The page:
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Legendary Football Prints

Football championships are held in every continent and with 3.2 billion people tuning in for the 2014 FIFA World Cup in Brazil, you can’t deny that football is the undisputed king of sport.

With such a rich and extensive history, Media Storehouse has thousands of football prints for sale that have, and will continue to capture the hearts and minds of football fans across the globe. Our football prints are capable of inspiring each and every one of us, as we recognise the sheer talent and grace these professionals exhibit.

Our range of legendary framed football posters are fully customizable, available on mugs, jigsaw puzzles and even cushions.

Show your support for your team today by browsing our selection.

Choose from 658,312 pictures in our Legendary Football Prints collection for your Wall Art or Photo Gift. All professionally made for Quick Shipping.


Second floodlit match at Highbury Stadium Featured Football Print

Second floodlit match at Highbury Stadium

Arsenal v Glasgow Rangers 17th October 1951. (The First floodlight match at Highbury was Arsenal v Hapoel Tel Aviv on 19th September 1951). Credit: Arsenal Football Club.
Floodlights were fitted in 1951, with the first floodlit match being a friendly against Hapoel Tel Aviv on 19 September of that year. The floodlights that adorn Dalymount Park, once stood at the Arsenal stadium. They were shipped to Dublin in 1962. The inaugural floodlit match saw Arsenal beat Bohemians 3-8.
Arsenal Stadium was a football stadium in Highbury, North London, which was the home ground of Arsenal Football Club between 6 September 1913 and 7 May 2006. It was mainly known as "Highbury" due to its location and was given the affectionate nickname of "The Home of Football" by the club.
It was originally built in 1913 on the site of a local college's recreation ground and was significantly redeveloped twice. The first came in the 1930s, from which the Art Deco East and West Stands date; the second in the late 1980s and early 1990s following the Taylor Report, during which the terraces at both ends of the pitch were removed, making it all-seater with four stands. The resulting reduction in capacity and match-day revenue eventually led to Arsenal opting to build a new stadium, to become known as the Emirates Stadium, nearby, to which they moved in 2006. Recently, Highbury has undergone redevelopment to turn it into a block of flats, with most of the stadium being demolished; parts of the East and West Stands remained to be incorporated into the new development due to their listed status.
The stadium also hosted international matches - both for England and in the 1948 Summer Olympics - and FA Cup semi-finals, as well as boxing, baseball and cricket matches. Its presence also led to the local London Underground station being renamed to Arsenal in 1932, making it the only station on the Underground network to be named after a football club.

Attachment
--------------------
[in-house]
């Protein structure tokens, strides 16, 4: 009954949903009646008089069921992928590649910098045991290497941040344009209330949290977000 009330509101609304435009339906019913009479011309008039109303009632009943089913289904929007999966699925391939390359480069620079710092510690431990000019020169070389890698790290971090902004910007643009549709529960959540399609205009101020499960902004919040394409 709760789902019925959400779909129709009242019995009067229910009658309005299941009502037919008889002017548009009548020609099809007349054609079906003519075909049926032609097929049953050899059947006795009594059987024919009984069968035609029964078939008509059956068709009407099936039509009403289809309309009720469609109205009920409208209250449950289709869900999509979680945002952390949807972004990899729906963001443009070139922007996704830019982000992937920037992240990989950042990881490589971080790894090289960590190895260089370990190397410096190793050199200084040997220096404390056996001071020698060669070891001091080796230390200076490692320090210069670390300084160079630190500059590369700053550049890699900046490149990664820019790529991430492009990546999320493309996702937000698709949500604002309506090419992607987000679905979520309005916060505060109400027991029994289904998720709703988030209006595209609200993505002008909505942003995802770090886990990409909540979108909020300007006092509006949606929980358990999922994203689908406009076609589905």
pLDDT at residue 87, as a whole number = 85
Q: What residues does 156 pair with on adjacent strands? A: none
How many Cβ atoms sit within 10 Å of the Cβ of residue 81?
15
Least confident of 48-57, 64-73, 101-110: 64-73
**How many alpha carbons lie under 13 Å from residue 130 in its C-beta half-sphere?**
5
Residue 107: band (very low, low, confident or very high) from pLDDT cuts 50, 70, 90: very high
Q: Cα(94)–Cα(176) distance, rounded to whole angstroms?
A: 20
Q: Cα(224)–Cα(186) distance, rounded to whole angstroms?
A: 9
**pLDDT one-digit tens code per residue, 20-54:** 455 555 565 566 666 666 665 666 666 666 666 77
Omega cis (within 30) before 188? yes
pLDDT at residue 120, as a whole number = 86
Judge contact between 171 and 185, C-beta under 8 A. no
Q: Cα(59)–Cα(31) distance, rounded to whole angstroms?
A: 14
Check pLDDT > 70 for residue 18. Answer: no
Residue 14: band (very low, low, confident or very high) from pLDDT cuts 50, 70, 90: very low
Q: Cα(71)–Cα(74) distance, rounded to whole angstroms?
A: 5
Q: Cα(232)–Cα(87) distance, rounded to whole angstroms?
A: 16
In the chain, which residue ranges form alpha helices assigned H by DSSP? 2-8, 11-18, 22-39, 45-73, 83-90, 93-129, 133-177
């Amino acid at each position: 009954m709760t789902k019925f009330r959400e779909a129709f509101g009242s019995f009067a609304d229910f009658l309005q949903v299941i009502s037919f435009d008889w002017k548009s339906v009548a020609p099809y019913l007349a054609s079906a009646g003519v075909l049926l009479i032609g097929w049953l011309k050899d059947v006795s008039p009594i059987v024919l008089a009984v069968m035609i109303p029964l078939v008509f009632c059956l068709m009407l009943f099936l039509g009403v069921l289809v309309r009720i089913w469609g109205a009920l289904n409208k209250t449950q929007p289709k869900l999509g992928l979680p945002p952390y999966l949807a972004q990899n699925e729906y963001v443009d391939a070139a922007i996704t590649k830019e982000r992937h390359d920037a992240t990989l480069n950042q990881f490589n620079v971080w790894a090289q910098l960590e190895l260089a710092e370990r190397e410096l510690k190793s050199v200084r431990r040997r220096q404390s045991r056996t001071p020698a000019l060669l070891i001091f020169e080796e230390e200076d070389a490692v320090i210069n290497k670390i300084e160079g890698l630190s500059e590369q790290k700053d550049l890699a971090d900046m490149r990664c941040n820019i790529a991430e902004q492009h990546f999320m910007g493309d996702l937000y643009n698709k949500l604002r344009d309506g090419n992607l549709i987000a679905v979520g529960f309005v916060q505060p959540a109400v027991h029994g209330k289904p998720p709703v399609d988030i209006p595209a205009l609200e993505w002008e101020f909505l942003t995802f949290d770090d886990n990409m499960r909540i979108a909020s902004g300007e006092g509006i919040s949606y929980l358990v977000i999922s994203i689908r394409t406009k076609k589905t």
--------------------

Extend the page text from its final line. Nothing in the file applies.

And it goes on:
In addition to its architecture, the stadium was known for its small but immaculate pitch and for the famous clock which was positioned in the southern side of the ground since its introduction in 1930

© Arsenal 2005 - All Rights Reserved

Upton Park Stadium Fine Art - West Ham United Football Club Featured Football Print

Upton Park Stadium Fine Art - West Ham United Football Club

The Boleyn Ground,[2] often referred to as Upton Park, was a football stadium located in Upton Park, east London. It was the home of West Ham United from 1904 until 2016.
The stadium was also briefly used by Charlton Athletic in the early 1990s during their years of financial difficulty.
The seating capacity of the ground at closure was 35,016.[1]
From the 2016-17 season, West Ham United have played their home matches at the London Stadium in nearby Stratford. The last first-class match played at the Boleyn Ground was on 10 May 2016, a 3-2 West Ham United win in the Premier League against Manchester United.
The stadium was demolished in 2016 to make way for a new development

© Sports Stadia Art Ltd

Franklins Gardens Stadium Fine Art - Northampton Saints Rugby Featured Football Print

Franklins Gardens Stadium Fine Art - Northampton Saints Rugby

Franklin's Gardens is a purpose-built rugby stadium in Northampton, England. It is the home stadium of Northampton Saints. The stadium holds 15,249 people. The four stands are: Carlsberg Stand; Elite Insurance Stand; Church's Stand; and Barwell Stand. It is also the Northampton conference centre as well as the only UK Aviva Premiership Rugby ground with its own cenotaph, the setting for a moving ceremony every Remembrance Weekend

© Sports Stadia Art Ltd